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Risk Management Plan
One of many types of plans that are developed by organizations to ensure responsible stewardship of their assets.

This plan provides a register of all the different types of risks facing the organization, their likelihood and their impact if they occur. The plan then develops a series of treatments to address each risk.

For example, Amiable Housing Society has a plan that identifies which risks are covered by insurance policy and which risks the organization will try to mitigate itself. 




Components of the Plan
Included below are the components of the risk management plan

A.  Framework
  • Risk Principles & Risk Policy
  • Risk Framework
  • Risk Philosophy
  • Risk Management Process
  • Risk Definitions
B.   Risk IdentificationC.  Risk Analysis (causes, likelihood, consequences)
  • Risk Equations
  • Consequences Matrix (CoF)
  • LIkelihood Matrix
  • Standardized Scoring System
  • Root Cause Categories
D. Risk Evaluation
  • Risk Appetite & Risk Tolerance
  • Risk Criteria
  • Correlations matrix)
E. Risk Treatment
  • Risk Mitigation Techniques (Avoid, Reduce, Retain, Share)
  • Risk monitoring & review (changes in risk over time)



Attributes of the Plan
Listed below are the primary attributes of an effective risk management plan.
  • It is aligned with the organizations policies and objectives
  • It is integrated with the other plans
  • It has the commitment of top management
  • It is realistic



The Plan in the Hierarchy
The organization's risk management plan occupies one of the central layers of the inspirational-and-aspirational hierarchy. 
Without an adequate risk management plan the organization will encounter difficulties when developing some of the other layers of the aspirational-inspirational hierarchy.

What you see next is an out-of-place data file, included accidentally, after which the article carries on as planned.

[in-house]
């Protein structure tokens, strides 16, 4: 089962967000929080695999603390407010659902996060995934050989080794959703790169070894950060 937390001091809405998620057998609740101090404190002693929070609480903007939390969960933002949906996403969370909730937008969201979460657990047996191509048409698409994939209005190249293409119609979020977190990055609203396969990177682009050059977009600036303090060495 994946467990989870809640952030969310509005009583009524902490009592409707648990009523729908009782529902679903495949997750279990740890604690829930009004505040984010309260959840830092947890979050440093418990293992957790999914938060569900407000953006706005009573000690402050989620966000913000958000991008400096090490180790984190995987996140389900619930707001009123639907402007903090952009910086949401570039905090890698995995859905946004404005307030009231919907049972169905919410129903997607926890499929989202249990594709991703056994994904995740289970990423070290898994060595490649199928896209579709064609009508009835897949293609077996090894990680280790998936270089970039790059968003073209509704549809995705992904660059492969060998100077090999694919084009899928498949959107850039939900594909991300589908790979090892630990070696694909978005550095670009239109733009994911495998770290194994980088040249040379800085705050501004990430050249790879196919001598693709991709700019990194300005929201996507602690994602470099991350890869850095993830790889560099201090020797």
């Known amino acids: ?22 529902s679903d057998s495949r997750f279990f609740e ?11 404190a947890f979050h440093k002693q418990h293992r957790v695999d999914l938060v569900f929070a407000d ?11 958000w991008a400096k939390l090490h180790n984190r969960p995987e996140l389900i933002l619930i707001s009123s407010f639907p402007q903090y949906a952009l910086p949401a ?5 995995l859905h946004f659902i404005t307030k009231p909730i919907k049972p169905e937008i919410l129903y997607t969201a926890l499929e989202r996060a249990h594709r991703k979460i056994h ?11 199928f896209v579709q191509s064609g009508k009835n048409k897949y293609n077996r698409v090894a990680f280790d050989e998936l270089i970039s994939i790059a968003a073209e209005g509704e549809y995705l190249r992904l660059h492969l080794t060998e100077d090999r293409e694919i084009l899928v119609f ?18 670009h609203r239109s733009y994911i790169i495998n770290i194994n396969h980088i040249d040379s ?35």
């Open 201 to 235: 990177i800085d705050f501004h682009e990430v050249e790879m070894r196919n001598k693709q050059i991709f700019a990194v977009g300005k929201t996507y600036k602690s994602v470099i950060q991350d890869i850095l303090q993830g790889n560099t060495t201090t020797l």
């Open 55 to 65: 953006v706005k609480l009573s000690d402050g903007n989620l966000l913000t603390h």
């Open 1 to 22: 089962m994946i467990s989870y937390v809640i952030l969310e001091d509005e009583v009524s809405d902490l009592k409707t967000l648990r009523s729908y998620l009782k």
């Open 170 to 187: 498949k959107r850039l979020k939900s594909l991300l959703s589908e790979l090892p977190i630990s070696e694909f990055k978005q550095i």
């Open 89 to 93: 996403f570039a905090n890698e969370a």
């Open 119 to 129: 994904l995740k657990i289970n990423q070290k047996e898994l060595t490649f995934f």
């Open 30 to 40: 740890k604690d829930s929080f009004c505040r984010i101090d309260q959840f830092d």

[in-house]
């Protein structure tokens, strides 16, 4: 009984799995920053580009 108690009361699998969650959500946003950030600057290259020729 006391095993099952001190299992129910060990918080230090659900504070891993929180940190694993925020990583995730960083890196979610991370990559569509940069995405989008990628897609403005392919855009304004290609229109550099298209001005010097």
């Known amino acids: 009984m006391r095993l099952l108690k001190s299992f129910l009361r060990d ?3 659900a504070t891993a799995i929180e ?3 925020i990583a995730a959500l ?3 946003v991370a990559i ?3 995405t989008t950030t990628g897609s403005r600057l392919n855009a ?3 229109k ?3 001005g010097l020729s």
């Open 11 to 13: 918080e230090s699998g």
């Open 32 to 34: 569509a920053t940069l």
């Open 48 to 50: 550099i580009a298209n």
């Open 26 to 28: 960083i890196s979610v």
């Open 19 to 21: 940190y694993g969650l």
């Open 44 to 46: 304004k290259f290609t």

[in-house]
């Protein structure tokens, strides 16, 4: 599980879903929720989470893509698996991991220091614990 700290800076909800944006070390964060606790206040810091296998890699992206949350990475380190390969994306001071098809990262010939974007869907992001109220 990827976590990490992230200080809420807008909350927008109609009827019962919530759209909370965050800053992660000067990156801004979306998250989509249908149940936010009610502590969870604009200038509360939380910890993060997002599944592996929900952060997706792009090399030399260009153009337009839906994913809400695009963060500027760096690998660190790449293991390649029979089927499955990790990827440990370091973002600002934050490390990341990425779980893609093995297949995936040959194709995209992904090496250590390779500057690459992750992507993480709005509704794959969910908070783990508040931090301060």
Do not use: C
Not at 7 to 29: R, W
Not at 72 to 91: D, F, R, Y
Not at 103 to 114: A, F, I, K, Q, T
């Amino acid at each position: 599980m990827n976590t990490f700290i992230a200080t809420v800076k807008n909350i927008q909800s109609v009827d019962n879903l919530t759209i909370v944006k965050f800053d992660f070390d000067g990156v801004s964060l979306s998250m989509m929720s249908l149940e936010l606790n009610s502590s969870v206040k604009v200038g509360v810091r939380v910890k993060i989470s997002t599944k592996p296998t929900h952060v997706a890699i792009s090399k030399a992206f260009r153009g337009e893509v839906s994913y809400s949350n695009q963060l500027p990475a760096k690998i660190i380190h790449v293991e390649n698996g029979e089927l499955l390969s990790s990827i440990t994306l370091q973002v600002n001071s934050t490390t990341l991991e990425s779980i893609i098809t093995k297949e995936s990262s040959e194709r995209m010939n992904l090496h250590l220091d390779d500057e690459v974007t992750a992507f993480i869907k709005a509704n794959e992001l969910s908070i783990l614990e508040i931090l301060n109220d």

Process of Deveoping the RM Plan
Risk-based decision making is at the heart of asset management and this requires mindful consideration of the relationship between the probability of failure (PoF) and the consequences of failure (CoF). The complexities of these correlations can sometimes be captured on a risk matrix.
Fig. Risk-based decision making is at the heart of asset management and this requires mindful consideration of the relationship between the probability of failure (PoF) and the consequences of failure (CoF). The complexities of these correlations can sometimes be captured on a risk matrix.



The hierarchy of plans in ISO 550001 from OCP to SAMP to AMPs
Fig. The hierarchy of plans in ISO 550001 from OCP to SAMP to AMPs


Functional silos will defeat the organization. Rather, integration, collaboration and alignment are some of the critical success factors.
Fig. Functional silos will defeat the organization. Instead: integration, collaboration and alignment are some of the critical success factors.


Analyzing the words inside ISO 55000/55001 to reveal patterns in the requirements
Fig. Analyzing the approximate 27,0000 words inside ISO 55000/55001 to reveal patterns in the requirements.
Planning features prominently.



Planning must be iterative, dynamic and continuous. If it becomes static it starts to look more like an old dusty blueprint rather than a live roadmap
Fig. Planning must be iterative, dynamic and continuous. If it becomes static it starts to look more like an old dusty blueprint rather than a live roadmap.




The hierarchy of organizational purpose with goals represented as one of the layers
Fig. The hierarchy of organizational purpose with plans (including the risk management plan) represented as one of the layers.


Some organizations struggle with "paralysis through analysis" (and never feel comfortable to finalize a plan) and others who perhaps fail to "look before you leap" (start too quickly).
Fig. Some organizations struggle with "paralysis through analysis" (and never feel comfortable to finalize a plan) and others who perhaps fail to "look before you leap" (start too quickly).

See also:
  • Insurance
  • Stewardship
  • Reputation
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